GBA Logo horizontal Facebook LinkedIn Email Pinterest Twitter Instagram YouTube Icon Navigation Search Icon Main Search Icon Video Play Icon Plus Icon Minus Icon Picture icon Hamburger Icon Close Icon Sorted

Community and Q&A

Roofing material over sheathing which can’t dry to the inside?

mikkelsen | Posted in General Questions on

Underside of roof sheathing has polyurethane foam on it, so if it were to get wet, there would be no drying to the inside. Would it be problematic installing asphalt shingles on this roof? Thanks!

GBA Prime

Join the leading community of building science experts

Become a GBA Prime member and get instant access to the latest developments in green building, research, and reports from the field.


  1. GBA Editor
    Martin Holladay | | #1

    People do it all the time. In another decade or two, roofers will have more experience with this type of roof, and they'll be able to report on whether these roofs have more problems than usual or fewer.

    If you prefer to include ventilation channels, you can create them above the existing roof sheathing. The usual way this is done is to install 2x4s on the flat, with one 2x4 above each rafter, to create 1.5-inch-high channels that run from the eave to the ridge. Then install a second layer of plywood or OSB, and any type of roofing you want.

  2. Expert Member
    Dana Dorsett | | #2

    The basic premise that "...there would be no drying to the inside" is false.

    Polyurethane foam has a wide variation in water vapor permeance, depending on it's thickness and density. The most common closed cell polyurethane foams run about 2lbs per cubic foot density, and are usually not quite a class-II vapor retarder at 1" thickness, running about 1.2 perms. The same foam at 3" thickness runs about 0.4 perms, which is comparable to the kraft facer on a batt (but usually much more air-tight.)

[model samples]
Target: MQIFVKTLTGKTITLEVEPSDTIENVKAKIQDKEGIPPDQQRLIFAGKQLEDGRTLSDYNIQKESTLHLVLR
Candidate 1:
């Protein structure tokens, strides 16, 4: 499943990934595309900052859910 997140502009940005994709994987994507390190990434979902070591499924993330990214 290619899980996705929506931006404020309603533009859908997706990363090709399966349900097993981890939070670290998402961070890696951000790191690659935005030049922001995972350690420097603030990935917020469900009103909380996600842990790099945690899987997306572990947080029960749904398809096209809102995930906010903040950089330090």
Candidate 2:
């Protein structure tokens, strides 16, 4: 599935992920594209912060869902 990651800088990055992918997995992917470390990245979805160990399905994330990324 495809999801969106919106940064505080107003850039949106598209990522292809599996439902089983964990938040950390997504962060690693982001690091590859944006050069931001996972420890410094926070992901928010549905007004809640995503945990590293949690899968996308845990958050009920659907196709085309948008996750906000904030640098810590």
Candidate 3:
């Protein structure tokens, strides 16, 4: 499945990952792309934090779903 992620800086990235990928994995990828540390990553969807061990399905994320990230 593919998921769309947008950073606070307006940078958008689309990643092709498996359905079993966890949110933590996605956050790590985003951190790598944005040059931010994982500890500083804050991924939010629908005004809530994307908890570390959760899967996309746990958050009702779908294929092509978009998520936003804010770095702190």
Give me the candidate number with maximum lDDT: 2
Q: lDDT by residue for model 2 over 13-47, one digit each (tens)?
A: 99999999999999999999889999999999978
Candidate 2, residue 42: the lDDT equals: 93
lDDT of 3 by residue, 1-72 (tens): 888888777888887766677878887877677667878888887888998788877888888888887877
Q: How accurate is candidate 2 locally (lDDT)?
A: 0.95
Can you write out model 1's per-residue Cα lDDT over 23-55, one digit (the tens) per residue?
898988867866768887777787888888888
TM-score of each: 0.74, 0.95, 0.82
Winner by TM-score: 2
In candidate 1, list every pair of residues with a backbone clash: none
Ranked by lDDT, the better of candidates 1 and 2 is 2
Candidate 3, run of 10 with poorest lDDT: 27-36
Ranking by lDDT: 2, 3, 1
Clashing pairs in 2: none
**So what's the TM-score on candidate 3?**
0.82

Half pound density polyurethane foam is still 10 perms or more at 5", which is a bit too permeable for keeping the sheathing from accumulating wintertime moisture in cold climates.

  3. mikkelsen | | #3

    It'll be 3.5" of polyurethane then cellulose...for the cold climate that I'm in. This is actually the roofing material that I'm thinking of installing: My bigest concern is if the plywood sheathing will have sufficient drying potential. This roofing material sheds snow. and the pitch of the roof will be 10/12. The roof manufacture said that there is formed air space behind the tile, but as far as air flow....I'm not too sure.

  4. Expert Member
    Dana Dorsett | | #4

    Cold is relative. Where is that cold climate, exactly?

    What density foam? At 3.5" most 2lb foam is going to run about 0.30 - 0.40 perms, which isn't a lot of drying capacity toward the interior, but some.

    With a shingled roof the permeability of the underlayment might give you some relief for drying to the exterior, but if this is a location where the roof will be covered in snow for 12-20 weeks, even for a modestly permeable felt it won't be drying until the snow is fully gone (nor will it dry when the shingles are wet with dew or rain.)